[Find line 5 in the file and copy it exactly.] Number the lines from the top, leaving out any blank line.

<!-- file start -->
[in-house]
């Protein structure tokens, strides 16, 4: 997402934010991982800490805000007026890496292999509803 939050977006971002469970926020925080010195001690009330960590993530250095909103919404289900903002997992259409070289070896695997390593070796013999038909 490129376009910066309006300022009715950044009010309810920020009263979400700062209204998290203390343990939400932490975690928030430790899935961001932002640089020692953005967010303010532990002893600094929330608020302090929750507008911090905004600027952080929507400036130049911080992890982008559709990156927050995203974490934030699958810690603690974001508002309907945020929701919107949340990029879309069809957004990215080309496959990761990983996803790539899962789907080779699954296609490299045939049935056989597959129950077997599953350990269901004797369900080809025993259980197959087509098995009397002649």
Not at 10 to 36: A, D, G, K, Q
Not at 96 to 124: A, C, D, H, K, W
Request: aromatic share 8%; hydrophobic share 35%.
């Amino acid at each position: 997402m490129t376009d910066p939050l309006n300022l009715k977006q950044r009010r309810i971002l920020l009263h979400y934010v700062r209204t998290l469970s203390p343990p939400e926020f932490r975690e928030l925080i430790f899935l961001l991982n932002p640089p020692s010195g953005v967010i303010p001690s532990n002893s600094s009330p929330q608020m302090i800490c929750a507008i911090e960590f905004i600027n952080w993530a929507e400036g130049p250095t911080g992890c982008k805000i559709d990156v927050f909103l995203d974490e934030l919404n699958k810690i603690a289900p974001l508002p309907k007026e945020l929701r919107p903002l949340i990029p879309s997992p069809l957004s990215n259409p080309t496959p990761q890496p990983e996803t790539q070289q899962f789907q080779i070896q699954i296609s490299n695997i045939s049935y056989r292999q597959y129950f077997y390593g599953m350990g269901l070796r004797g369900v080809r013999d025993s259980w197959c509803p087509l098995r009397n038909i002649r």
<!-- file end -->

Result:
Request: aromatic share 8%; hydrophobic share 35%.